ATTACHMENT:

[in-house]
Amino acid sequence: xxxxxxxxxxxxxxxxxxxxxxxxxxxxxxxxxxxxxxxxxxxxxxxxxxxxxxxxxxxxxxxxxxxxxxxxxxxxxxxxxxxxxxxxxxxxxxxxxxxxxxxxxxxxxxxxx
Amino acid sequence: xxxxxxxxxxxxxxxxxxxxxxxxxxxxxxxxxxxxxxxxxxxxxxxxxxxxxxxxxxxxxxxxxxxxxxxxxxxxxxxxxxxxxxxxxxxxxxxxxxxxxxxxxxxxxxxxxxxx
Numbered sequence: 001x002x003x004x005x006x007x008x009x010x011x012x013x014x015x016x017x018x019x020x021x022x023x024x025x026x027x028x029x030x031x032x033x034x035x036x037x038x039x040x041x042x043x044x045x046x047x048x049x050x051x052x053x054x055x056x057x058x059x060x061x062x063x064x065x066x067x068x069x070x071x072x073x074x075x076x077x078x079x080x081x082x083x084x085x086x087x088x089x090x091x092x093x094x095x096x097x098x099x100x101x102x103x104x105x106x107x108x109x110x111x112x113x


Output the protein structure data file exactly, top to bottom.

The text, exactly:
[in-house]
Amino acid sequence: xxxxxxxxxxxxxxxxxxxxxxxxxxxxxxxxxxxxxxxxxxxxxxxxxxxxxxxxxxxxxxxxxxxxxxxxxxxxxxxxxxxxxxxxxxxxxxxxxxxxxxxxxxxxxxxxx
Amino acid sequence: xxxxxxxxxxxxxxxxxxxxxxxxxxxxxxxxxxxxxxxxxxxxxxxxxxxxxxxxxxxxxxxxxxxxxxxxxxxxxxxxxxxxxxxxxxxxxxxxxxxxxxxxxxxxxxxxxxxx
Numbered sequence: 001x002x003x004x005x006x007x008x009x010x011x012x013x014x015x016x017x018x019x020x021x022x023x024x025x026x027x028x029x030x031x032x033x034x035x036x037x038x039x040x041x042x043x044x045x046x047x048x049x050x051x052x053x054x055x056x057x058x059x060x061x062x063x064x065x066x067x068x069x070x071x072x073x074x075x076x077x078x079x080x081x082x083x084x085x086x087x088x089x090x091x092x093x094x095x096x097x098x099x100x101x102x103x104x105x106x107x108x109x110x111x112x113x